A partially ordered set or poset is a pair where is a set and is a relation on satisfying:
Write for and . Alternatively in terms of , , and implies .
A Hasse diagram for a poset is a drawing of the points in the poset with an upwards line from to if covers (meaning and ).
Sometimes a Hasse diagram can be drawn for an infinite poset. For example but has an empty Hasse diagram.
A chain in a poset is a set that is totally ordered ( have or ).
For example in any subset, like is a chain. Note that a chain need not be countable.
An antichain is a subset in which no two distinct elements are comparable. , neither nor .
For and , say is an upper bound for if .
is a least upper bound for if is an upper bound for and every upper bound for satisfies .
Clearly unique if it exists. Write the supremum or join of .
A poset is complete if every set has a supremum.
Every complete poset has a greatest element, and a least element .
A function , a poset, is monotone or order preserving if implies .
a complete poset, order preserving. Then has a fixed point.
Claim. If then . Proof. so as order preserving. So .
Claim. . True if an upper bound for (so ). If , so . But so . So is an upper bound for .
So in by first claim. So but second claim showed so .
have injections and then biject.
Then define obvious bijection by taking on and on .
Set , , , . Consider . complete. Define . . Then is order preserving so it has a fixed point by Knaster-Tarski.
A (non-empty) poset is chain-complete if every non-empty chain has a supremum.
Not all functions on chain-complete posets have fixed points. Any function on an anti-chain is order preserving.
The non-empty condition is a little pedantic but necessary.
is inflationary if .
Not necessarily related to order preserving.
is a chain-complete poset, inflationary. Then has a fixed point.
Fix . Say closed if
Note that any intersection of closed sets is closed.
Let is closed. Therefore if then .
Assume is a chain. Let . Then as is closed. Therefore . So . So as inflationary. So done.
Claim. is a chain.
Say is normal if then .
There are two properties of normality we want prove. All are normal. Secondly, it should satisfy the condition we might naturally describe as ``normal'': if normal then either or .
Once we have done this, we are finished. , or . So is a chain.
Claim. If normal then either or .
Proof of claim. Let or . Will show is closed. Any closed subset of is so closed implies .
as is normal.
If then .
If all have then certainly because a supremum. Otherwise some has and not so as . So . So .
So closed, so closed subset of smallest possible closed set so .
Claim. Every is normal.
Proof of claim. Let is normal . We will show that is closed so .
For cannot have (definition of supremum). So some has not , so by the first claim. So ( normal) so certainly .
So closed so . So is a chain.
``Now forget the proof'' - Dr Leader
Given a poset an element is maximal if no has .
Every chain-complete poset has a maximal element.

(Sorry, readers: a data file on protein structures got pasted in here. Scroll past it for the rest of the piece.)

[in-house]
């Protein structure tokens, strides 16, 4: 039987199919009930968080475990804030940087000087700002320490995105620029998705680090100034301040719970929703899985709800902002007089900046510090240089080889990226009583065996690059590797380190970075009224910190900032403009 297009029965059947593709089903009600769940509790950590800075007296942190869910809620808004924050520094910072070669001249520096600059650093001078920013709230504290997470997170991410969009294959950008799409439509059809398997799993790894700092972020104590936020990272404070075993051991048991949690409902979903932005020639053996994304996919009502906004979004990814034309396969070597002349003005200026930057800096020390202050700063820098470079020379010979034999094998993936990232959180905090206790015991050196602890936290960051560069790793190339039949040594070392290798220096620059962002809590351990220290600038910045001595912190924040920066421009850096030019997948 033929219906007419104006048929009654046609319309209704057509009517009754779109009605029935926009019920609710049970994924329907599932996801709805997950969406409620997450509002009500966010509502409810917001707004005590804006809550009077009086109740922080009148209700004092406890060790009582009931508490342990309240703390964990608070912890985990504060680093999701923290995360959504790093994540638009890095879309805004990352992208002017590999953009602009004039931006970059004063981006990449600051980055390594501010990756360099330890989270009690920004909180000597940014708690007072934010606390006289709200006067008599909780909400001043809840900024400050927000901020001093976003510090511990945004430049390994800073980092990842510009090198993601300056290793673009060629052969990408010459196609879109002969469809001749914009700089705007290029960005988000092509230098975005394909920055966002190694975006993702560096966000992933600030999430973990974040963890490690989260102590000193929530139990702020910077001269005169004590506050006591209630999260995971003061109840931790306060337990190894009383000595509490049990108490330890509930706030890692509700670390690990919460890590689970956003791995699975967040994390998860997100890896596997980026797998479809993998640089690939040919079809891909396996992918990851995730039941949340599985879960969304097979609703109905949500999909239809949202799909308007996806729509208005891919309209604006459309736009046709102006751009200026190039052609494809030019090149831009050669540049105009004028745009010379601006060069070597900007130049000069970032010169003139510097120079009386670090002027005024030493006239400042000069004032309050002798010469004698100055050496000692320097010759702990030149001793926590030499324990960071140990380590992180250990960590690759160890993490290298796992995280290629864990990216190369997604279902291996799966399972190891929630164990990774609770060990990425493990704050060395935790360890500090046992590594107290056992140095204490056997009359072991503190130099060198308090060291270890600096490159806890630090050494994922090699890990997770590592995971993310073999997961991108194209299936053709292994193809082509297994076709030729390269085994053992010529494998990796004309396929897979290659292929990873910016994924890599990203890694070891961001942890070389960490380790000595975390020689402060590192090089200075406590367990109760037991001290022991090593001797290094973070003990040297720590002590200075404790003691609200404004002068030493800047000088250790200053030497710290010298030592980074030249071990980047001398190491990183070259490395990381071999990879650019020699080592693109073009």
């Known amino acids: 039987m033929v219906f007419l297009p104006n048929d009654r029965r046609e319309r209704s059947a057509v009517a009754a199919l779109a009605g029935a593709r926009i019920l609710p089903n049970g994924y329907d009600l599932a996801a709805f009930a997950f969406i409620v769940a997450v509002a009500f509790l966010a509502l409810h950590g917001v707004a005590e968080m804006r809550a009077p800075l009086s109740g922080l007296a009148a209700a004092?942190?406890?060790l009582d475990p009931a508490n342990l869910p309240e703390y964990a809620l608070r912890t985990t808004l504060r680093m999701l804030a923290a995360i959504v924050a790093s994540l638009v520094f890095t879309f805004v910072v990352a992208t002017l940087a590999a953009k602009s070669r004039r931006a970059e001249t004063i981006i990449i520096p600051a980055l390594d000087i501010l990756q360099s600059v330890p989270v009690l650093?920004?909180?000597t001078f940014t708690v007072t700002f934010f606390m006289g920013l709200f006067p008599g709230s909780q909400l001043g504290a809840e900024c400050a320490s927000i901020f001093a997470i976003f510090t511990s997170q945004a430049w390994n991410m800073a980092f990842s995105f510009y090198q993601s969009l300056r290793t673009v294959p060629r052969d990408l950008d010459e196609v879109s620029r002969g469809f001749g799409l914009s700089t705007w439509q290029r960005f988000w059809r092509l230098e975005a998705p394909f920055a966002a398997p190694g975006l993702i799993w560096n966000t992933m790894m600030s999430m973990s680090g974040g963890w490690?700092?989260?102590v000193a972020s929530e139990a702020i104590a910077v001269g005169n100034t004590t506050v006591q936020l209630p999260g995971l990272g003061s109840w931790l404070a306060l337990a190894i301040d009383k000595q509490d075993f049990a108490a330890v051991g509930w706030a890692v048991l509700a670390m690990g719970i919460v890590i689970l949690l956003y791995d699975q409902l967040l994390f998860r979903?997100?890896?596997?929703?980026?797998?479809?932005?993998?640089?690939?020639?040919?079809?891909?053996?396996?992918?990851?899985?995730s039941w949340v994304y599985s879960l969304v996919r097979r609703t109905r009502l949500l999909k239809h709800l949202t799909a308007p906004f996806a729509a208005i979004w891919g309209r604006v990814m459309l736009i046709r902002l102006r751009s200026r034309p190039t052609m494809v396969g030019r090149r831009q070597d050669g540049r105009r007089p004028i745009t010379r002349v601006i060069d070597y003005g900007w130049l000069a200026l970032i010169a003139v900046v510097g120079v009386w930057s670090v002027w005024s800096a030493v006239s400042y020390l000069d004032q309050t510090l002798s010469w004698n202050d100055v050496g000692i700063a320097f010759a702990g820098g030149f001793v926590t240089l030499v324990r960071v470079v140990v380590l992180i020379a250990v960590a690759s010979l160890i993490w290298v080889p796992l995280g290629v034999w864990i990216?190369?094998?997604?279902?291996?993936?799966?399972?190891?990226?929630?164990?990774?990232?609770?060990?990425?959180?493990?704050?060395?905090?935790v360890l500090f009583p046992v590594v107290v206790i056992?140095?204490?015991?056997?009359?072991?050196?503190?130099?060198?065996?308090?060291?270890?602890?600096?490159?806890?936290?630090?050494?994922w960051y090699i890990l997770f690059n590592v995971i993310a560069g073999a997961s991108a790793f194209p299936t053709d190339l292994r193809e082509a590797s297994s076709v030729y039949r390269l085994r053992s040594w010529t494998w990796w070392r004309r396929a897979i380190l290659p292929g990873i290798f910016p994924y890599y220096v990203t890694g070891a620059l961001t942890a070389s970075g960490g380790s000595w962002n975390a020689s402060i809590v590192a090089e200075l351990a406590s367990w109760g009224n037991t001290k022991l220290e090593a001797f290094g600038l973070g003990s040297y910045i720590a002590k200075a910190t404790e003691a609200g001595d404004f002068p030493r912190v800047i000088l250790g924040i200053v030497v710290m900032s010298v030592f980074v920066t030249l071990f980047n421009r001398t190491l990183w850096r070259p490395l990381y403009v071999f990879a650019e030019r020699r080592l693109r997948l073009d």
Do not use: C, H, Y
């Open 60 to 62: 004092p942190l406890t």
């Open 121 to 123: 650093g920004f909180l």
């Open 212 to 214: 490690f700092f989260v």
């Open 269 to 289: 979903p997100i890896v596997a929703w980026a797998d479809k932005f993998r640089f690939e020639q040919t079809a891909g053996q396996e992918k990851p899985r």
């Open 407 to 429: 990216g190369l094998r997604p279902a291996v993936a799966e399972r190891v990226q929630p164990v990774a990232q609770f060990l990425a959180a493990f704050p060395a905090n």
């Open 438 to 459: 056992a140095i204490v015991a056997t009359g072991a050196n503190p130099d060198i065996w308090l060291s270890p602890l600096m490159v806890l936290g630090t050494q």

Very non-obvious theorem which trivially implies Bourbaki-Witt ( maximal implies ).
Let be any poset and let be the collection of all chains of ordered by inclusion. Then is chain complete.
Now let . is clearly a least upper bound for . We need to show that it is a chain.
Let . So and . So or . So related. So a chain.
Every poset has a maximal chain.
Let be a (non-empty) poset in which every chain has an upper bound. Then has a maximal element.
Non-emptiness actually not needed as it follows from the condition that every chain has an upper bound.
Every vector space has a basis.
Suppose for some and not all zero. Have such that contains all the because is a chain. But this contradicts being linearly independent. So . So every chain has an upper bound.
Let for any . Then consistent implies has a model.
Try to get a maximal consistent . Then for any have or consistent. So satisfies or for all .
Thus let consistent .
We want to use Zorn's lemma to show that has a maximal element.
as (and ).
Proof of claim. Suppose . Then have with inconsistent. Have for some . But one of the contains the others because they are in the same chain, call this one . Then is inconsistent which is a contradiction.
So we can apply Zorn's lemma.
In the proof of Zorn's lemma (i.e. more precisely the proof that chain-complete posets have maximal elements) we made an infinite number of arbitrary choices: for each we picked ''. Note that in the IA Numbers and Sets course the axiom of choice was used to simultaneously pick orderings for a countable number of sets.
The axiom of choice says: Given a set and a family of non-empty sets, there is a function such that .
This is different from the other rules that are used to build sets because it claims the existence of an object which is not necessarily specified uniquely.
Therefore it is sometimes interesting to see if a proof depends on the axiom of choice.
Note that the axiom of choice follows from the other axioms for finite sets but not for infinite ones. Furthermore it is not possible to deduce Axiom of Choice for infinite sets from the other axioms(?).
From Zorn's lemma we can deduce the axiom of choice. Given a family , define a partial choice function (PCF) with for some . Order partial choice functions with iff and on . Then the set of all PCFs is a poset on which we can apply Zorn's lemma to find a maximal PCF.
Zorn's lemma was hard to prove because Bourbaki-Witt was hard, not because the Axiom of Choice was used.
Furthermore Zorn's lemma is easy to prove from the Axiom of Choice using well-ordering and ordinals (chapter 6).
John Fremlin 2010-02-17